Skiers on Different Sloped Hills?

1. Jul 18, 2009

imaweinerz

Skiers on Different Sloped Hills???

1. The problem statement, all variables and given/known data

There are 3 skiers , each going down hills of the same height, same x and y starting and ending points. There is no friction on the hill, and each skier starts from rest.
Hill 1 is a concave-up curved slope, dropping quickly and then dropping less rapidlybefore the end point.
Hill 2 is a straight line from the start and end points (linear).
Hill 3 is a concave-down curved hill, dropping slowly at first and then dropping more rapidly before reaching the end point.

Which skiier has the shortest time to reach the bottom, skier 1,2,3 or do they all have the same time, and why?

2. Relevant equations

kinematics equations. Ones I could think of were v=at, v^2-v(0)^2 = 2ax, etc.

3. The attempt at a solution

I first thought that skier 1 (the concave up skier) would reach the bottom in the shortest time because he has the highest initial acceleration. I know that all skiers have the same final velocity due to no friction and conservation of energy. My current thinking is that all three skiers have the same average acceleration, then they must take the same time to reach the bottom. Thanks for the help!

2. Jul 18, 2009

guguma

Re: Skiers on Different Sloped Hills???

They reach the end points at the same time. You can think of it like this:

The potential at the problem is the gravitational potential, which leads to a path independent vector field.

y=x path would be more comfortable though, one of the skiers on the other paths have a chance to break their neck before the finish.

3. Jul 18, 2009

alphysicist

Re: Skiers on Different Sloped Hills???

Hi guguma,

I don't believe that is correct. One skier is going at a higher speed for most of the path, and another is going at a slower speed for most of the path. Their final speeds will be the same, but the time to reach that final speed will be different.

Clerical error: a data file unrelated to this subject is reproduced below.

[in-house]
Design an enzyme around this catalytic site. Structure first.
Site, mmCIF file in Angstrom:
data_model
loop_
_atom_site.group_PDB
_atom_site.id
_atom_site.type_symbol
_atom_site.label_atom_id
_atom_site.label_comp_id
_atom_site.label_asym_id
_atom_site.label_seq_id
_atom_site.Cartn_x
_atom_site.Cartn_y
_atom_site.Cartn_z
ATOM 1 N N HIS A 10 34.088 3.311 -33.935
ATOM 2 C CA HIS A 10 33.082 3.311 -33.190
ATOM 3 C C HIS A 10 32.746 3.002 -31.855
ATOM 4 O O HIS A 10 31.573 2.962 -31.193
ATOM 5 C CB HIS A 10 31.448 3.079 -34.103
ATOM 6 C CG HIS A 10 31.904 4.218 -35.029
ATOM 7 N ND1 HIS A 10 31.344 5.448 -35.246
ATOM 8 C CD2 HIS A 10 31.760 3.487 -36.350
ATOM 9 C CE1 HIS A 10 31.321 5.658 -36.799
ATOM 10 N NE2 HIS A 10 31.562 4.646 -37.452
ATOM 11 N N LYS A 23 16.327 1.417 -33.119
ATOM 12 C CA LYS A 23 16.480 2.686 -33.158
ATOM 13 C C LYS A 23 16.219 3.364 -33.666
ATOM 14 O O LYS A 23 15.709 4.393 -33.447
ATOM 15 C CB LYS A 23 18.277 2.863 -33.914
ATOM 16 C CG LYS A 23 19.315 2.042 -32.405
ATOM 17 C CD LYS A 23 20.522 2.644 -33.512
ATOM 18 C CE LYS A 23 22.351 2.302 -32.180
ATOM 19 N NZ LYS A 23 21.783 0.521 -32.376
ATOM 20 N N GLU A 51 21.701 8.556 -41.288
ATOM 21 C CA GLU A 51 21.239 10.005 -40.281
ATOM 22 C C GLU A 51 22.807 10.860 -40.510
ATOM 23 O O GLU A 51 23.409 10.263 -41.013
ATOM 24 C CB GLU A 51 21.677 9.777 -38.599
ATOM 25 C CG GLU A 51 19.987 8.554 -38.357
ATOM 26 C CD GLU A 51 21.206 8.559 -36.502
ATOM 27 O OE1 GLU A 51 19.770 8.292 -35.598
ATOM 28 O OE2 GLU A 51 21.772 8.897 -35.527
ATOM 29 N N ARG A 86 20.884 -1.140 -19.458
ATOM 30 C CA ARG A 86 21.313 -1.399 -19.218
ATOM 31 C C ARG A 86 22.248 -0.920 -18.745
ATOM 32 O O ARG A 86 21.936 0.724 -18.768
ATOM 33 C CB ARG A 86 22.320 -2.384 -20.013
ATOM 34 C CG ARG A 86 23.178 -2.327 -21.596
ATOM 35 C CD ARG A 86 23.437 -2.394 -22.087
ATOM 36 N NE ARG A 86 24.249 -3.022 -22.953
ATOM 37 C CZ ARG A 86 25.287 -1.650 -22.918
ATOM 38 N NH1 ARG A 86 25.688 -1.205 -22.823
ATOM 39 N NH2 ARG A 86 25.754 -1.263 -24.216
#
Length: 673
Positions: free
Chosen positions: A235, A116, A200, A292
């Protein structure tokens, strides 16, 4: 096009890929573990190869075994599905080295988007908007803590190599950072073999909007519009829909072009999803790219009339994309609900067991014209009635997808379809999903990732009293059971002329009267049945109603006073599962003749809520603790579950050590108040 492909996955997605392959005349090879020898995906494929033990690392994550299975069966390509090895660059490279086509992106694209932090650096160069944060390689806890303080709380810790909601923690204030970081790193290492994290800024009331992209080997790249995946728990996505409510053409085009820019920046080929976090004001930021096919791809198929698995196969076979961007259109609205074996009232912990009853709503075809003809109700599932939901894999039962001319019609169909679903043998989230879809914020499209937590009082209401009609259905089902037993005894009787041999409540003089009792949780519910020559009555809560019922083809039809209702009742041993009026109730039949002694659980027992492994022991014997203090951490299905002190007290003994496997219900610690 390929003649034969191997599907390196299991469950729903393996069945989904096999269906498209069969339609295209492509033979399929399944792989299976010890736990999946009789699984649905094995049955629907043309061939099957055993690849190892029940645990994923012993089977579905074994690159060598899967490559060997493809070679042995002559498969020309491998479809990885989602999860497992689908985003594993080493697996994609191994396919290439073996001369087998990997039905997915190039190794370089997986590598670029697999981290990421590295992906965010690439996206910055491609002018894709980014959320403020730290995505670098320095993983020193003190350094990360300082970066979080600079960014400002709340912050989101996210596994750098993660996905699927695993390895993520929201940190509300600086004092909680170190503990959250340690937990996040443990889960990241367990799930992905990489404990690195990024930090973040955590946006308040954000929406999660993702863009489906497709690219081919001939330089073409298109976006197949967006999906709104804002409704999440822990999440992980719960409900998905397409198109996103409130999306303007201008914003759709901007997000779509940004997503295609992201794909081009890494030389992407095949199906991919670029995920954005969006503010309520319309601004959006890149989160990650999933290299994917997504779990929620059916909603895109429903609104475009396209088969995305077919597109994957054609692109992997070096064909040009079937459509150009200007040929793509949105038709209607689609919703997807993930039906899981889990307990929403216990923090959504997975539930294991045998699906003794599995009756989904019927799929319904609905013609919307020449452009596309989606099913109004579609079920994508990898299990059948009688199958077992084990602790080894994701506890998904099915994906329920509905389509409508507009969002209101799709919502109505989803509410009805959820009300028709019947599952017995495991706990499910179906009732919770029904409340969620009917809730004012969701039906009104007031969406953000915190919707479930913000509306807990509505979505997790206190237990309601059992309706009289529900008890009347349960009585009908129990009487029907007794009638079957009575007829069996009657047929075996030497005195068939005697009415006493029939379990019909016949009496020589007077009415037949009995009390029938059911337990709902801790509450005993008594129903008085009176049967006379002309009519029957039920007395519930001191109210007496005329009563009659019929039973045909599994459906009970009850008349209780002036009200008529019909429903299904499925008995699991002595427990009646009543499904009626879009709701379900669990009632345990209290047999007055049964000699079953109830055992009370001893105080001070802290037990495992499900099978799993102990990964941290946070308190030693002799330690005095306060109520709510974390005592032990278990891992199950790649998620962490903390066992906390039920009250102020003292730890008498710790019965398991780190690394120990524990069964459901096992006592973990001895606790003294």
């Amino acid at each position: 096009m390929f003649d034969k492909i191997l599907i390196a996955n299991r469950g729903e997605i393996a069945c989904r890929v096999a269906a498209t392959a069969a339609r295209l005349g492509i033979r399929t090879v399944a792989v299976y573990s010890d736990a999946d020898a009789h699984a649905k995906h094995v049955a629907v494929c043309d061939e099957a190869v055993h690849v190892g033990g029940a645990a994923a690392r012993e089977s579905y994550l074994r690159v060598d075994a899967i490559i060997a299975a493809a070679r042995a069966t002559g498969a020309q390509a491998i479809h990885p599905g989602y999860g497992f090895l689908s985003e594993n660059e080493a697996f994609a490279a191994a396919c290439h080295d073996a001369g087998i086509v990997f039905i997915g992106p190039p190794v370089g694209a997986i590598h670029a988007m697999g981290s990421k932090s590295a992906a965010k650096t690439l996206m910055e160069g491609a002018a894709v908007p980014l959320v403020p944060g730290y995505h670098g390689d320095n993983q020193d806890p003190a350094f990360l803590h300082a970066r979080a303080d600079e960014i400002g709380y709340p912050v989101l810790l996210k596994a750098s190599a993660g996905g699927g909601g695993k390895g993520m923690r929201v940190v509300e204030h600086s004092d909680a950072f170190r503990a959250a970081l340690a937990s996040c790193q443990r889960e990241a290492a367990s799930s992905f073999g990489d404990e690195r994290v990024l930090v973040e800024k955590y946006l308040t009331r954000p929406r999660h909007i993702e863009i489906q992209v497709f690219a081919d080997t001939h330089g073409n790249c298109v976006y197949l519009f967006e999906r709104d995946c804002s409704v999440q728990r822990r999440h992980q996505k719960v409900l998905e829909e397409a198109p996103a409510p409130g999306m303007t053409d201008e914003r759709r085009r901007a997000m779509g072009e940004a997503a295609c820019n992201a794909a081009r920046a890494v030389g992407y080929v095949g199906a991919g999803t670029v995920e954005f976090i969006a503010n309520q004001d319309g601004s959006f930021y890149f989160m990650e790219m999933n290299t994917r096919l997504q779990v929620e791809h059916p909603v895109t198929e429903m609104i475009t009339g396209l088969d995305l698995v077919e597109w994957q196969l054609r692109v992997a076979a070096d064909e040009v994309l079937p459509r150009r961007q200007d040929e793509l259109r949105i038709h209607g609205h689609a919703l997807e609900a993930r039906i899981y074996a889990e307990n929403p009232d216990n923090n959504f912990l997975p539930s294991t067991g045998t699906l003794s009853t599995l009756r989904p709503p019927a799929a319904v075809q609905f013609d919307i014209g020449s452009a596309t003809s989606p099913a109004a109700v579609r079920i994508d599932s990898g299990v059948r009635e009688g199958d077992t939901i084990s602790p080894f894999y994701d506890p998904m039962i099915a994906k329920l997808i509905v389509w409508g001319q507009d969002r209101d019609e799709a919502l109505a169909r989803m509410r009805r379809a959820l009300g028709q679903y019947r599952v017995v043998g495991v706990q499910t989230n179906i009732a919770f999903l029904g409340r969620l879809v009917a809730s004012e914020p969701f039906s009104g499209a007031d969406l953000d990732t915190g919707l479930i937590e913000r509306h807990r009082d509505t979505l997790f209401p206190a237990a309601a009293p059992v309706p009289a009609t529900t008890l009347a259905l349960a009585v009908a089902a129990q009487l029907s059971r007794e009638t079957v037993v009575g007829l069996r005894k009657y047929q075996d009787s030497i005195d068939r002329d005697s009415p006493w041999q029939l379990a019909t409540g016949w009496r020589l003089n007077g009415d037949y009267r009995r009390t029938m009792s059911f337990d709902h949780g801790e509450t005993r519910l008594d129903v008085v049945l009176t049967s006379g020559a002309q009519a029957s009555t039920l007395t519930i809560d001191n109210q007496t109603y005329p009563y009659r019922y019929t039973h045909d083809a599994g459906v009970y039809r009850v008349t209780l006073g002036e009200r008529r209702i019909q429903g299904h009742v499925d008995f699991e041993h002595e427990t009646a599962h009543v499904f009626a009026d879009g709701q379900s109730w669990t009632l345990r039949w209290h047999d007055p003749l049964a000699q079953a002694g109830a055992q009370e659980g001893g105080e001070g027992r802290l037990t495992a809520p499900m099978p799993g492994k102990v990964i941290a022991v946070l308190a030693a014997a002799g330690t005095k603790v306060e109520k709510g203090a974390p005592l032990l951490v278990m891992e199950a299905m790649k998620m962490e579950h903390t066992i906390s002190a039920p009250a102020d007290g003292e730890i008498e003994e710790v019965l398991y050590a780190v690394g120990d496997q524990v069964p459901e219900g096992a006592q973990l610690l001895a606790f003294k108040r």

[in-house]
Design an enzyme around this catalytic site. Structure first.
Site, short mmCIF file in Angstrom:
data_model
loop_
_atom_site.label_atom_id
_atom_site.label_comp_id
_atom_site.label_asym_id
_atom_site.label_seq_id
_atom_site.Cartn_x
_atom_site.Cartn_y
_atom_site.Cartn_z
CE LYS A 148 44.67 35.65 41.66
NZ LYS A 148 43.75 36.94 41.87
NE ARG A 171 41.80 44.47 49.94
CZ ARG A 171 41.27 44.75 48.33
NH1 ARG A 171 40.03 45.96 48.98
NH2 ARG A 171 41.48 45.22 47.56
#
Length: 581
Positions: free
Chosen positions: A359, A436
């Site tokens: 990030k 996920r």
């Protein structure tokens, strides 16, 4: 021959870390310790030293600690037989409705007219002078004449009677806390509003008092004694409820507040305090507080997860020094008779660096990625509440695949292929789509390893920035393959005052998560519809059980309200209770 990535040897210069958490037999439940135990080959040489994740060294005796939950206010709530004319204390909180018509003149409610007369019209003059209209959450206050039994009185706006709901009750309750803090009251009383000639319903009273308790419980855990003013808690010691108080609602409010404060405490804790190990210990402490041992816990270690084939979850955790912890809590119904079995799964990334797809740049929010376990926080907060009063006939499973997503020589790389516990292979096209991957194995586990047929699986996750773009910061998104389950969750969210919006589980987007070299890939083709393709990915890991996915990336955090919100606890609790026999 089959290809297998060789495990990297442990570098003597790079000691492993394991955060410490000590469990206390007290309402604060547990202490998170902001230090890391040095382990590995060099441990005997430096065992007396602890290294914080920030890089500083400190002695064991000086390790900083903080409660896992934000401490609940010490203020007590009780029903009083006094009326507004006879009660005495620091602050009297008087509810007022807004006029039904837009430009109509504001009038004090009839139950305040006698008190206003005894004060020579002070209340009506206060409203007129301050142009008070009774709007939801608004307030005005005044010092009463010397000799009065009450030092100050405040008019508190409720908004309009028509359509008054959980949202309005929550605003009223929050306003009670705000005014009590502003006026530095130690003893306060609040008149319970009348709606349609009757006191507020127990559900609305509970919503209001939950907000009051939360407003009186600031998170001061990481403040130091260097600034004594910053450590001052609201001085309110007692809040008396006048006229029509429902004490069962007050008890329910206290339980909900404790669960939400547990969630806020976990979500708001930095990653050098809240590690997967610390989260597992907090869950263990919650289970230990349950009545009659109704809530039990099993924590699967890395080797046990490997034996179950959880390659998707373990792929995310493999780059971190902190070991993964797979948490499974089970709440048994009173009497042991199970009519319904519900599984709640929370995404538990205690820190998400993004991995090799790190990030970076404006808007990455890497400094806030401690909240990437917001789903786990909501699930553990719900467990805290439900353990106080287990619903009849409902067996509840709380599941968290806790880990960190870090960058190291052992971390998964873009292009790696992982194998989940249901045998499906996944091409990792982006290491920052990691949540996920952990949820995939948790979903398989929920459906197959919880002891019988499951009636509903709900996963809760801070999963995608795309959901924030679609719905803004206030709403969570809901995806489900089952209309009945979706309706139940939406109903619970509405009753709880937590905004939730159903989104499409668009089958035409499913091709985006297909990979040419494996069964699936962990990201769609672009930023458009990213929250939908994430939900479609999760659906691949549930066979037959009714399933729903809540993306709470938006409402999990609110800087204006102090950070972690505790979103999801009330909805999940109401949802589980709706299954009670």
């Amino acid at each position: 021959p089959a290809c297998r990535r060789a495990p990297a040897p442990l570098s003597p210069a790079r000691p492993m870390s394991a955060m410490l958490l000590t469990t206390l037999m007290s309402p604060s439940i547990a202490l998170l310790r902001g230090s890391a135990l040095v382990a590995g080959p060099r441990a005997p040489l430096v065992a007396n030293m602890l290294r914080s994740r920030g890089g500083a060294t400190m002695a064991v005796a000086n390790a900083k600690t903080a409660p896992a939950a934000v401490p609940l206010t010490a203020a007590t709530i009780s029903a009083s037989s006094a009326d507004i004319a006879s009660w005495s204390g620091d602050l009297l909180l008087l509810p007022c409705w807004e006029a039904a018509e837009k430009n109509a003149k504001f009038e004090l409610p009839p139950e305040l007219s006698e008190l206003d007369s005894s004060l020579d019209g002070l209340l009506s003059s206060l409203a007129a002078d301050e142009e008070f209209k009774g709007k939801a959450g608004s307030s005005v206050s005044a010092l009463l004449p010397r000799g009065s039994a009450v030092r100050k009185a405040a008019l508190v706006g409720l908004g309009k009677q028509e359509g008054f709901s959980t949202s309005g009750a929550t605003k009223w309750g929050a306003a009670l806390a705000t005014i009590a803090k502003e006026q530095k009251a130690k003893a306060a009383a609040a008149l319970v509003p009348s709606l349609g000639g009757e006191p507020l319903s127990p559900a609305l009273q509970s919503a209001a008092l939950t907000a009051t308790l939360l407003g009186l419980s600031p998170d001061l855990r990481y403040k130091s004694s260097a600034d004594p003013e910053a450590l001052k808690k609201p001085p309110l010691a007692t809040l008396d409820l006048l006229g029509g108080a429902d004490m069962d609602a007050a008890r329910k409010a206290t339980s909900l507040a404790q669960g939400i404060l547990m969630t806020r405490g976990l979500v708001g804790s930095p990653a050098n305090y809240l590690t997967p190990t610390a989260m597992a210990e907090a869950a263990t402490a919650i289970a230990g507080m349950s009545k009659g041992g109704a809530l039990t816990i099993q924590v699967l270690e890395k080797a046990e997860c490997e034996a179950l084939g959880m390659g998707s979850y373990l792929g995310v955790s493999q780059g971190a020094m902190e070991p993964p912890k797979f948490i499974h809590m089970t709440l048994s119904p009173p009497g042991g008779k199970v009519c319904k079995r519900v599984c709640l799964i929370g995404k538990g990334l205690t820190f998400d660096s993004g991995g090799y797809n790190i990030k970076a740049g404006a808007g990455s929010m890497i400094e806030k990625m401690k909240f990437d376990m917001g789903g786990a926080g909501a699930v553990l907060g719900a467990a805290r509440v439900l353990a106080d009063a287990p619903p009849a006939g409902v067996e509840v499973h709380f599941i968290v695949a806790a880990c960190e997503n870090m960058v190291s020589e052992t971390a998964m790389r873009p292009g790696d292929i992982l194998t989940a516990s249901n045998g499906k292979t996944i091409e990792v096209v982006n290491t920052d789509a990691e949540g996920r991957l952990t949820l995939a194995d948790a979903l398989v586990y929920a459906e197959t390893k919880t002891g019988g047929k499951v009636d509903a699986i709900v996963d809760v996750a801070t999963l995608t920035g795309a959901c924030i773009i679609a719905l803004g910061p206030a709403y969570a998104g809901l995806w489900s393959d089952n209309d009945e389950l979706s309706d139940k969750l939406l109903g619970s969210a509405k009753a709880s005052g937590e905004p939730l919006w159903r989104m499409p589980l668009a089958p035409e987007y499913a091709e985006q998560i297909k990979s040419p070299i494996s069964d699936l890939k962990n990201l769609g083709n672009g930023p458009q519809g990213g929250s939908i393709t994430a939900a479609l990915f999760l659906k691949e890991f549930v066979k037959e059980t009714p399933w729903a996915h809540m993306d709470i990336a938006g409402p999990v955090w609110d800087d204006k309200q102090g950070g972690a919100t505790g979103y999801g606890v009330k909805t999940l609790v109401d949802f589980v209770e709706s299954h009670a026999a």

4. Jul 18, 2009

imaweinerz

Re: Skiers on Different Sloped Hills???

my thinking now is using the equation v = v(0) + at

All skiers start from rest (v(0) = 0), and all end with the same terminal velocity, due to conservation of energy.

I drew the hills, and noticed that in the middle of each path, the tangent was equal to the linear path, which to me indicated that a(avg) is the same in all 3 cases.

If a is the same, then by the equation (since all other variables are equal in v = v(0) + at), then time must be equal as well.

Is this reasoning correct? Thanks, I really appreciate the help

5. Jul 18, 2009

alphysicist

Re: Skiers on Different Sloped Hills???

Hi imaweinerz,

No, I don't think you can say that. Remember that the average acceleration is the change in velocity over change in time. The last case will have a smaller change in velocity over a certain time, and the first case will have a larger change in velocity over a different time. So determining the average acceleration involves the time of travel, and therefore I think you need to reason out the time aspect some other way.

In these kinds of problem, take the slopes to extremes, so the slopes make "almost" right angles. Let the concave up case start out almost straight down, and then go horizontal at the bottom. Let the concve down case start out almost horizontal, and then go to almost vertical at the end. Think about the distances they have to travel, and the speeds they are going at. Does that help?